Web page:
Romero
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84 of 86 people found the following review helpful
on February 28, 2003
The most unlikely of heroes, Romero, with owlish glasses and demeanor, is reluctantly thrust into a role much like Thomas More almost five centuries earlier.

20th century El Salvador, like 16th century England, is enduring bloodshed and havoc. Insurgent Communist rebels compete with paramilitary squads and the oligarchy for control of the tiny Central American nation. Priests and the flock they lead are caught in the middle. Those who cry for justice are photographed and marked for extinction because they speak the language of Marxism.

Archbishop Romero recognizes that Marxists and the ruling oligarchy are merely obverse sides of the same coin-- ideologies who rule by force contrary to the the rule of God.

He is equally harsh with Communist sympathizers as he is with the paramilitary squads who rape, torture and execute advocates of justice and human rights.

Like a nail driven into wood, Romero meets each new situation, bewildered at first, but rising to the occasion with increasing faith, anger and determination.

In one scene, he arrives at a church which has been turned into an army barracks. He announces that he has come to remove the Blessed Sacrament. A belligerent soldier responds by unloading a round of bullets into the tabernacle and shatters the crucifix hanging above the altar. Romero stands transfixed, astonished at the utter desecration, then leaves. He pauses outside where a crowd has gathered, unsure as he himself is what he will do next.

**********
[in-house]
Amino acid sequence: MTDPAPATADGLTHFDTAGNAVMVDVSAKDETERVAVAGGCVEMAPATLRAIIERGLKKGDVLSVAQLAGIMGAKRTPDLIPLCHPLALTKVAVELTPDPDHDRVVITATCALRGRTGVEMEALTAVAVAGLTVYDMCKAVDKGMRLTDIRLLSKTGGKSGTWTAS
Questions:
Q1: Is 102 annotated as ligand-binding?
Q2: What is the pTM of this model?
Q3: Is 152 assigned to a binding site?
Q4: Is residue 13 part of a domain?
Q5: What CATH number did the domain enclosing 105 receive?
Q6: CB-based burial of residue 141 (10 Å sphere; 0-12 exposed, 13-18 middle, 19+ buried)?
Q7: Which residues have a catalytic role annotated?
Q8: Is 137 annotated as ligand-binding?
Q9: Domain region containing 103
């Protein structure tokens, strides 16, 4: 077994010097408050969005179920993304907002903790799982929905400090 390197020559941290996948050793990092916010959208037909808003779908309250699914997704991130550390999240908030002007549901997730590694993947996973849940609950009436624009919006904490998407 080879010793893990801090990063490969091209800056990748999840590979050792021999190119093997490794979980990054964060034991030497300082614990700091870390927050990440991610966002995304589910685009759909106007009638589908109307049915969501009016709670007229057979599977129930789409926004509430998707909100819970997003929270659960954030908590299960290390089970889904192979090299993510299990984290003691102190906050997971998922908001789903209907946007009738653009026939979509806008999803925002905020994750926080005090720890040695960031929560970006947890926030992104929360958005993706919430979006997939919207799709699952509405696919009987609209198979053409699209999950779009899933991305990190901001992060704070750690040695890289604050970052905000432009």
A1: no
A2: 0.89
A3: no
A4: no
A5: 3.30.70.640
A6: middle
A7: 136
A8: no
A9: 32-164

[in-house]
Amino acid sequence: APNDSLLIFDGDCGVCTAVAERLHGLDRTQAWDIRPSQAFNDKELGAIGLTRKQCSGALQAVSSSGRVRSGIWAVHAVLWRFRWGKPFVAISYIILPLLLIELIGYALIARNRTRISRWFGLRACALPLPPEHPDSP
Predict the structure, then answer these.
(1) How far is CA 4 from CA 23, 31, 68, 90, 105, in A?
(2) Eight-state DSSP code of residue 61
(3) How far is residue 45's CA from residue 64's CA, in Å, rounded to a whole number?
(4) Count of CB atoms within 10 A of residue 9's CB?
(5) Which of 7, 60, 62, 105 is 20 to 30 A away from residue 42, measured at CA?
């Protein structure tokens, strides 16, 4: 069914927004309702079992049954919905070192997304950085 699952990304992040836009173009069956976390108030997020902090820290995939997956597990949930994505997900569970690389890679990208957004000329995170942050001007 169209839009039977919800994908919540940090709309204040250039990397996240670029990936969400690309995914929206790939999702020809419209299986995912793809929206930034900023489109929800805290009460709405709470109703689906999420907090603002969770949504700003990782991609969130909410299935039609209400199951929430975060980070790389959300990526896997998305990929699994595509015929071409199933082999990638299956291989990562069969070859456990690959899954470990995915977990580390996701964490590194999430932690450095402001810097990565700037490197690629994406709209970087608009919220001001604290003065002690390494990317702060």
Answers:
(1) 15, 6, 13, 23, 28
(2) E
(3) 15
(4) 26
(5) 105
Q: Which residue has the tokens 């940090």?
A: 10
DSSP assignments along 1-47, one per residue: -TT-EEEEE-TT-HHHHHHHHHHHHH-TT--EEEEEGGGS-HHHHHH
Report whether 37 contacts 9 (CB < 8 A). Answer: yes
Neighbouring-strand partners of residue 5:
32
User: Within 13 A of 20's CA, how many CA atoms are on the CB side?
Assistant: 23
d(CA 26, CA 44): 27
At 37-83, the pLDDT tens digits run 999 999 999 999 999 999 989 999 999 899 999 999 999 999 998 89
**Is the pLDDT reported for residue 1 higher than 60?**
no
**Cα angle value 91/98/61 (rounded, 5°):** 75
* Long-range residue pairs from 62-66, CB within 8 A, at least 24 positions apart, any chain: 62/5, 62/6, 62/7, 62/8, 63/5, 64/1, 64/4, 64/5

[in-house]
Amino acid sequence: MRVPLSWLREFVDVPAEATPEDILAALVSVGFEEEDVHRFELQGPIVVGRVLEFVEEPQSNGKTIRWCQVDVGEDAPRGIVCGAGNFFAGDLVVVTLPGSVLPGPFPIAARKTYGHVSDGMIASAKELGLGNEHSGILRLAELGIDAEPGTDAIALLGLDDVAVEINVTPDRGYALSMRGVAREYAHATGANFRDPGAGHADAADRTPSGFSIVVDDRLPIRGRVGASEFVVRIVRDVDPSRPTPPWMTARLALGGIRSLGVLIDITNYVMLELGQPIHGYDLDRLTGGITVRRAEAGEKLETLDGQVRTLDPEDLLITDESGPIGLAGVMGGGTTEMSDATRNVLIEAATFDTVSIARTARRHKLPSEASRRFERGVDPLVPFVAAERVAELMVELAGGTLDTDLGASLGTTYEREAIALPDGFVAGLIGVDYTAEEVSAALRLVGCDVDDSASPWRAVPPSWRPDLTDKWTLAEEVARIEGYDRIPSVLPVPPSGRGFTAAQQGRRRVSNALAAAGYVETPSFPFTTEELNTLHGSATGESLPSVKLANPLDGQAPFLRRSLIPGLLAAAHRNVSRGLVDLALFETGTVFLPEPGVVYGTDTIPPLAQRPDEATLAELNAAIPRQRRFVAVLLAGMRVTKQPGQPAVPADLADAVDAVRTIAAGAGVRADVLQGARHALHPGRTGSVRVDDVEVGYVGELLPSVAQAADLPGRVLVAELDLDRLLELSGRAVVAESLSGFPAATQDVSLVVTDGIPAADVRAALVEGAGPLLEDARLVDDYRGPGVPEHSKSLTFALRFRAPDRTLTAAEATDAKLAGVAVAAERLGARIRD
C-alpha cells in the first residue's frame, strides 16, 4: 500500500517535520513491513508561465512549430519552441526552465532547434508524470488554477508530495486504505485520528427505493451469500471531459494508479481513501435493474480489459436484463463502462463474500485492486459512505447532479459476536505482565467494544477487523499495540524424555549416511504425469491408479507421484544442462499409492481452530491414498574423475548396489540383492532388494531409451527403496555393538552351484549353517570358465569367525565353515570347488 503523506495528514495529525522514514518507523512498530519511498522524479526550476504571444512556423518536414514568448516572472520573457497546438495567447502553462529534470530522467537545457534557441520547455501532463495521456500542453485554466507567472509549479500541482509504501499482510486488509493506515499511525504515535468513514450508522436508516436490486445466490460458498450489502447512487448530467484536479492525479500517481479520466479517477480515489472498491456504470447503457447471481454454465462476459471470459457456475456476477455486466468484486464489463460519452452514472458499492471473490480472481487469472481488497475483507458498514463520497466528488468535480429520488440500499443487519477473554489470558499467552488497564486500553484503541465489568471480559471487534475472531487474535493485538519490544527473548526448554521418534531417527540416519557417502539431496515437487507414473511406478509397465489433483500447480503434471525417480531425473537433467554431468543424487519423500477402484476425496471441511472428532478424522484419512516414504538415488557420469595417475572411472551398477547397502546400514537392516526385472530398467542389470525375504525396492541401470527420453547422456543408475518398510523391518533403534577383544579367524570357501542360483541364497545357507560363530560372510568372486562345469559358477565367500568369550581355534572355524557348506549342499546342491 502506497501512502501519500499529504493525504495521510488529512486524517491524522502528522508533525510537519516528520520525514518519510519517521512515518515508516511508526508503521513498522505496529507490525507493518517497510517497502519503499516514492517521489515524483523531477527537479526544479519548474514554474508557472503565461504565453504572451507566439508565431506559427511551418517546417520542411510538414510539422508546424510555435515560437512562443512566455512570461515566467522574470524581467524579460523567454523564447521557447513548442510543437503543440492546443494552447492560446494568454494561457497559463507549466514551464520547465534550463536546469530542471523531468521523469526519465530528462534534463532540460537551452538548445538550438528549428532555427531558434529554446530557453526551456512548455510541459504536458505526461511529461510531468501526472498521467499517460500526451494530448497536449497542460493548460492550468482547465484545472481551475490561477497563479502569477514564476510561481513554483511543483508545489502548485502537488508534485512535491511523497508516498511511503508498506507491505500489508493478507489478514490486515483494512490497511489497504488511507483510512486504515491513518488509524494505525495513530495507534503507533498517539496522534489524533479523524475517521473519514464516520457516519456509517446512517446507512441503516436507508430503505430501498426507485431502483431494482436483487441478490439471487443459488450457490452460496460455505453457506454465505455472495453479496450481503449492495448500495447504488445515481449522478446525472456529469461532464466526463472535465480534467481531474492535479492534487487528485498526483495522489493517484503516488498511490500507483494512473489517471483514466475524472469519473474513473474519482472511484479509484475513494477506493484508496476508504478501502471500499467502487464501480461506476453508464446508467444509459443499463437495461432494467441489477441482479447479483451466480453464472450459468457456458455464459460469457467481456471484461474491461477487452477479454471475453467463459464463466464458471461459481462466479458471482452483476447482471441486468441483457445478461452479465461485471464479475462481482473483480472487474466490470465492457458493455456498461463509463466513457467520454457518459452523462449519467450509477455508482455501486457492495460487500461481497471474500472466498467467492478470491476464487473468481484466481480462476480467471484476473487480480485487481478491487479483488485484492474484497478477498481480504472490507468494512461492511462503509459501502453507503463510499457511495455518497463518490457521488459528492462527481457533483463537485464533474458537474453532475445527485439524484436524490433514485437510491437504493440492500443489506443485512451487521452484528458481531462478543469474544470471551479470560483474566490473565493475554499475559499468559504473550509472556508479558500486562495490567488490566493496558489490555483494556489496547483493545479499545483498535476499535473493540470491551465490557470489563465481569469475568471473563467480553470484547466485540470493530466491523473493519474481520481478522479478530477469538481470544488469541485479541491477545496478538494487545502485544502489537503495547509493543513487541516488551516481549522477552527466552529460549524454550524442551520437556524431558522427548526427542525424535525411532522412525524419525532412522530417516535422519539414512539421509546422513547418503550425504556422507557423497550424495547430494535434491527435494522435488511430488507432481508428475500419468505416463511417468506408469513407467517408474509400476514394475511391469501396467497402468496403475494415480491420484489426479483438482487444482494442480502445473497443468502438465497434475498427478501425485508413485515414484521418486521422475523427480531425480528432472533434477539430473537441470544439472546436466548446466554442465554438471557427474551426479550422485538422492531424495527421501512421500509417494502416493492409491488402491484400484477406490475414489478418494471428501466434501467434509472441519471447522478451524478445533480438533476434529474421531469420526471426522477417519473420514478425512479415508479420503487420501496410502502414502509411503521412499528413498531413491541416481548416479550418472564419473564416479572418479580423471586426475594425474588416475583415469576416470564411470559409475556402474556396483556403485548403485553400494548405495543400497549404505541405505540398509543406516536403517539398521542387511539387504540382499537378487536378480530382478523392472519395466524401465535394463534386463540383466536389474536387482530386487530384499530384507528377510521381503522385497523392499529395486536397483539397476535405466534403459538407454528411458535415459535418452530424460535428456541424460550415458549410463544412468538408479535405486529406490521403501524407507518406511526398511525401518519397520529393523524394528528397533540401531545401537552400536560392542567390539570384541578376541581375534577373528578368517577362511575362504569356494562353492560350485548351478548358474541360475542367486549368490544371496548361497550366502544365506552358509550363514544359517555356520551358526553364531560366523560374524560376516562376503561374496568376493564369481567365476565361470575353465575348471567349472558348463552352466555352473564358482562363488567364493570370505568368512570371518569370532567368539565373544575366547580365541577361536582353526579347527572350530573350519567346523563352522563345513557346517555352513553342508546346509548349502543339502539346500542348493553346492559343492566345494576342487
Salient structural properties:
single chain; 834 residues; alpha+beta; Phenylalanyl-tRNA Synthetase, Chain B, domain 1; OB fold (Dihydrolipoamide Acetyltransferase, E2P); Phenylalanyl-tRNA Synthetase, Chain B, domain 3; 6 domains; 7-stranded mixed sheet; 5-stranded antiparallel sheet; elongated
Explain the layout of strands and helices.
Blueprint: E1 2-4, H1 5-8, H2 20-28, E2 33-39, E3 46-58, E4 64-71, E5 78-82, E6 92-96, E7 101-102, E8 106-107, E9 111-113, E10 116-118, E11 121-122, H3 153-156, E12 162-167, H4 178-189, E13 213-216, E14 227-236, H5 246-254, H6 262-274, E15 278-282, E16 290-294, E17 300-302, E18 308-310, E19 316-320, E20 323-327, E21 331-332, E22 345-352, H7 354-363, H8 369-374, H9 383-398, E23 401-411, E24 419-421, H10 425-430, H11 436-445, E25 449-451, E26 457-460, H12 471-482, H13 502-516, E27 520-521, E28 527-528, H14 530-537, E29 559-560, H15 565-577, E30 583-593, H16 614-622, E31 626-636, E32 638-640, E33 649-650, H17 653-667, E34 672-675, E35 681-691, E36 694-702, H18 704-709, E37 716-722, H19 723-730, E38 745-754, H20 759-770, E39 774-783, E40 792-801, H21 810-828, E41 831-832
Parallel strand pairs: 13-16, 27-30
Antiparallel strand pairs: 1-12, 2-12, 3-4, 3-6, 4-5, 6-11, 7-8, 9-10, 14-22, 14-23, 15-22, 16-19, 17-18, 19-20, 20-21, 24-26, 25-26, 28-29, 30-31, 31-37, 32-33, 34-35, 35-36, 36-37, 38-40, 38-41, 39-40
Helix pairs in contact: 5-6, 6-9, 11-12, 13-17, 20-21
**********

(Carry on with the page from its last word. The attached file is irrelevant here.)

Suddenly, collecting his courage, he wheels around. He brushes past the insolent soldier and stoops to gather the consecrated wafers in trembling hands. The soldier fires another round above Romero's head. Undeterred by the gunfire, the intimidation, and the soldier who shoves Romero with his boot, he completes his work then exits.

But he isn't finished. He returns yet again to restore the church to its rightful owner--the people of God. The soldiers in their turn stare blandly at the audacity of this meek soldier of God who dares to stand up to their jackbooted authority and in his turn expel evil.

Archbishop Romero fights every battle his Redeemer once fought: the apathy of the elite, the treachery of those in power, and betrayal within his own ranks. One of his own priests reveals that he carries a weapon. Romero angrily and loudly denounces him because "You lose God just as the others have!" Another parishioner denounces Romero for betraying their class by "forcing" her baby to be baptized along with "all those indians."

This video should stand next to A Man For All Seasons. Raul Julia, like Paul Scofield, has memorably portrayed one of the Church's most celebrated martyrs.
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54 of 57 people found the following review helpful
VINE VOICEon May 4, 2002